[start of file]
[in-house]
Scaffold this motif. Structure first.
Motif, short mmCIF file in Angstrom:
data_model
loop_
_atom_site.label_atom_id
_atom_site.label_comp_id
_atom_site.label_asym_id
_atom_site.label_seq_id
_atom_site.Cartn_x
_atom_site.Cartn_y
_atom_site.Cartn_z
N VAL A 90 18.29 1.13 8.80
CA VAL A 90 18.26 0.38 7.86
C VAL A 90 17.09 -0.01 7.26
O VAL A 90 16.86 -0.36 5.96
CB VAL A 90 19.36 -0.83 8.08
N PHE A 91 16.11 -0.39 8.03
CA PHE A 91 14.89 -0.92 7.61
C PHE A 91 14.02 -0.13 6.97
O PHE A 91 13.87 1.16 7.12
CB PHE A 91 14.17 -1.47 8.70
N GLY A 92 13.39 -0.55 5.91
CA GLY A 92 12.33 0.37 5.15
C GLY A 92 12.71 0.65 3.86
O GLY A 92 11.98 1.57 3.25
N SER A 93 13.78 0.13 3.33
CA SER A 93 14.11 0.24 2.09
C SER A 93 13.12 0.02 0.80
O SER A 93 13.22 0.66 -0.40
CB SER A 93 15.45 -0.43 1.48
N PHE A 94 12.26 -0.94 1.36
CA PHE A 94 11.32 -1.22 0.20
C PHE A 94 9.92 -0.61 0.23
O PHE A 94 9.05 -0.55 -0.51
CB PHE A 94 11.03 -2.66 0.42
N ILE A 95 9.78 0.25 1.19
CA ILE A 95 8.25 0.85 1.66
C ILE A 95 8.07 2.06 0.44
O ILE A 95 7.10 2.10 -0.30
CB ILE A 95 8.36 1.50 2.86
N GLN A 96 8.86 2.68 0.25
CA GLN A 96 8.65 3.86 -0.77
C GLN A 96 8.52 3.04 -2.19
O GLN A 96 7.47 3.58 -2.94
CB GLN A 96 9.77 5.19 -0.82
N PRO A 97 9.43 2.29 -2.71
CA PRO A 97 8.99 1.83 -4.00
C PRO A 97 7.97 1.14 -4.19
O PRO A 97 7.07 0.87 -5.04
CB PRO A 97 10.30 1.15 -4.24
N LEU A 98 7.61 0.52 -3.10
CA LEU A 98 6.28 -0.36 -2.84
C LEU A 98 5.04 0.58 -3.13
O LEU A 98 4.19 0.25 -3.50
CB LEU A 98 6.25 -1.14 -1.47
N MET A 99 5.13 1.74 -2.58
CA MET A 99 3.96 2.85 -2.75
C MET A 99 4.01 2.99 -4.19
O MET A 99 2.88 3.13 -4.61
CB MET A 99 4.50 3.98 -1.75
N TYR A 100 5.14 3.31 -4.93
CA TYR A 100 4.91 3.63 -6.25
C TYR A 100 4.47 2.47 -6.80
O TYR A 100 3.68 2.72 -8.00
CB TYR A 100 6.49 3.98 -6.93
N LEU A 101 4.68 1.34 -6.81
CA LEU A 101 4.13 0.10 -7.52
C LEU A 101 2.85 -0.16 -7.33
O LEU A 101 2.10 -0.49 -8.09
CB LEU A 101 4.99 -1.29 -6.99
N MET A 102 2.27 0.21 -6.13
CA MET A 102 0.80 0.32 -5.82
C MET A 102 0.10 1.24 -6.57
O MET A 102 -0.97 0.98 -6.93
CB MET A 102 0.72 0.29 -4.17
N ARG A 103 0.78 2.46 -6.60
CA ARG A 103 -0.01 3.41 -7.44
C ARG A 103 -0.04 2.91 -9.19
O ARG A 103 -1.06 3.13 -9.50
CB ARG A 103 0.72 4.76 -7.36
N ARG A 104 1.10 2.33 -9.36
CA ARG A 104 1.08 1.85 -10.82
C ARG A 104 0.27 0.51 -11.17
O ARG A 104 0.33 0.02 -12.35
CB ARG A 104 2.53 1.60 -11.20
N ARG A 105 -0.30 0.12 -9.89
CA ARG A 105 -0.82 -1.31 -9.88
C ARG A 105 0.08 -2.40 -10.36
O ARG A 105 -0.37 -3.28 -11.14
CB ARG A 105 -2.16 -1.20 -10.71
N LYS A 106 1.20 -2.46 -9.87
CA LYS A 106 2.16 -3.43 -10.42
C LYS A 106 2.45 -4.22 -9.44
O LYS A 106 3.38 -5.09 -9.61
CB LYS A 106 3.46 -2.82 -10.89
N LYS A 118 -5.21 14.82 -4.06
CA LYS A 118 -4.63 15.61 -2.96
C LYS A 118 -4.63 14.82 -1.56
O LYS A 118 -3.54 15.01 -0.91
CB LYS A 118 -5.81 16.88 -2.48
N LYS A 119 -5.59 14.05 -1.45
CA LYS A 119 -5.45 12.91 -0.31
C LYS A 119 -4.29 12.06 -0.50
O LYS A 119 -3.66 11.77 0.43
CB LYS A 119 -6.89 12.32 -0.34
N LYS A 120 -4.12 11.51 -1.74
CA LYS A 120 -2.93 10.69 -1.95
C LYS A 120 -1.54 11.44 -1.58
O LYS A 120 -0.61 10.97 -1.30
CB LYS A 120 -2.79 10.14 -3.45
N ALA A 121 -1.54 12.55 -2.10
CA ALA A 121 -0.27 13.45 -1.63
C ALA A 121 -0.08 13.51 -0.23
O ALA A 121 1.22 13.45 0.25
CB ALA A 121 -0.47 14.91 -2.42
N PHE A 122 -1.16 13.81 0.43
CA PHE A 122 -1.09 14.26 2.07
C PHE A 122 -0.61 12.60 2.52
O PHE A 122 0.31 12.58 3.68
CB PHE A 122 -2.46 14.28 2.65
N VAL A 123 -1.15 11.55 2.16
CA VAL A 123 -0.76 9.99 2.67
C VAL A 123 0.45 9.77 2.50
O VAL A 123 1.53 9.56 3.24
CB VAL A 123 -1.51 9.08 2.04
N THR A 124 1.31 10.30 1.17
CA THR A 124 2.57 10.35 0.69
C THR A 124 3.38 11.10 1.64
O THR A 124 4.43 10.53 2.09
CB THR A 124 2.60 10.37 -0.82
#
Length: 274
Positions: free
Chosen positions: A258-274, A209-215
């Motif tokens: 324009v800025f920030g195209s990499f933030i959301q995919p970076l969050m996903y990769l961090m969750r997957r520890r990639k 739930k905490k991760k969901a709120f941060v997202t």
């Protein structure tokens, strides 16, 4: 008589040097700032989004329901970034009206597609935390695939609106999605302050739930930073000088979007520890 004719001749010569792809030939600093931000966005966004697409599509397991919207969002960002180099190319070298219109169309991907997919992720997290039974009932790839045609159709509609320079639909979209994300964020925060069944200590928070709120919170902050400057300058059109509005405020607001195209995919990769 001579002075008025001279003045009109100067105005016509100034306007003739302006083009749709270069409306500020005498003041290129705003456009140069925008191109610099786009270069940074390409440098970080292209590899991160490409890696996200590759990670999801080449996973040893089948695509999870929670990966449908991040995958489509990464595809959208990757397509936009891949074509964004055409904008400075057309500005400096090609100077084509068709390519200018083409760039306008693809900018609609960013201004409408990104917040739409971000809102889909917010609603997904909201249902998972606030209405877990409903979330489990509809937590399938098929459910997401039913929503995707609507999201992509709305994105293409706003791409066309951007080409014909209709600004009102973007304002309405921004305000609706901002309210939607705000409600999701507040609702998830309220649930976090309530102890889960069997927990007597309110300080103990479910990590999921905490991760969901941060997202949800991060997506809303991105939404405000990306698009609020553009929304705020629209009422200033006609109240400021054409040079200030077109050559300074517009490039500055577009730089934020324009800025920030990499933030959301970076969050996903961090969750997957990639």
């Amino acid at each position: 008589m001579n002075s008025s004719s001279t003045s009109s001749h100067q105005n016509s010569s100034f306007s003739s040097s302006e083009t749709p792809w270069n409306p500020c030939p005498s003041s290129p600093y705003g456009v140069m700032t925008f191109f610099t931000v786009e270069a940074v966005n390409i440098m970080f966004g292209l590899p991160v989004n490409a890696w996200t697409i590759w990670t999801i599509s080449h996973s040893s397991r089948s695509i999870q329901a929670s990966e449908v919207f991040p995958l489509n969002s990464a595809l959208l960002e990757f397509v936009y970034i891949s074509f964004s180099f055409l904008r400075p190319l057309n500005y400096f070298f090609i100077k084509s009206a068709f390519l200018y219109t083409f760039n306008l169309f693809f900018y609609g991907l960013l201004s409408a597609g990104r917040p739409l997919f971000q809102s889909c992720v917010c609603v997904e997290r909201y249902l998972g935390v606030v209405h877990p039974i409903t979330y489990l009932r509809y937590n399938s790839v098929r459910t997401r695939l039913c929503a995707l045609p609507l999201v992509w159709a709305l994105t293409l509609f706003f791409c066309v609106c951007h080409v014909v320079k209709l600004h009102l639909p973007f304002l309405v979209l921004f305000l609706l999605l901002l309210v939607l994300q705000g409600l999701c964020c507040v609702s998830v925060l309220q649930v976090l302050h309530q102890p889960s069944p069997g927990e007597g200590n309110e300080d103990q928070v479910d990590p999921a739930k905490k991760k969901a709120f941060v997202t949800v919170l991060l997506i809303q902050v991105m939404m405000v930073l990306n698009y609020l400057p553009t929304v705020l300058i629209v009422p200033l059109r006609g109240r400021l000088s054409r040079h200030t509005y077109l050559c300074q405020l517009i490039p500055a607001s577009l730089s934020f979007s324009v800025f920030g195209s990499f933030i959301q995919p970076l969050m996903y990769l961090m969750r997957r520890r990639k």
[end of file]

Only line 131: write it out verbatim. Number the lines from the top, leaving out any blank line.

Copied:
CB THR A 124 2.60 10.37 -0.82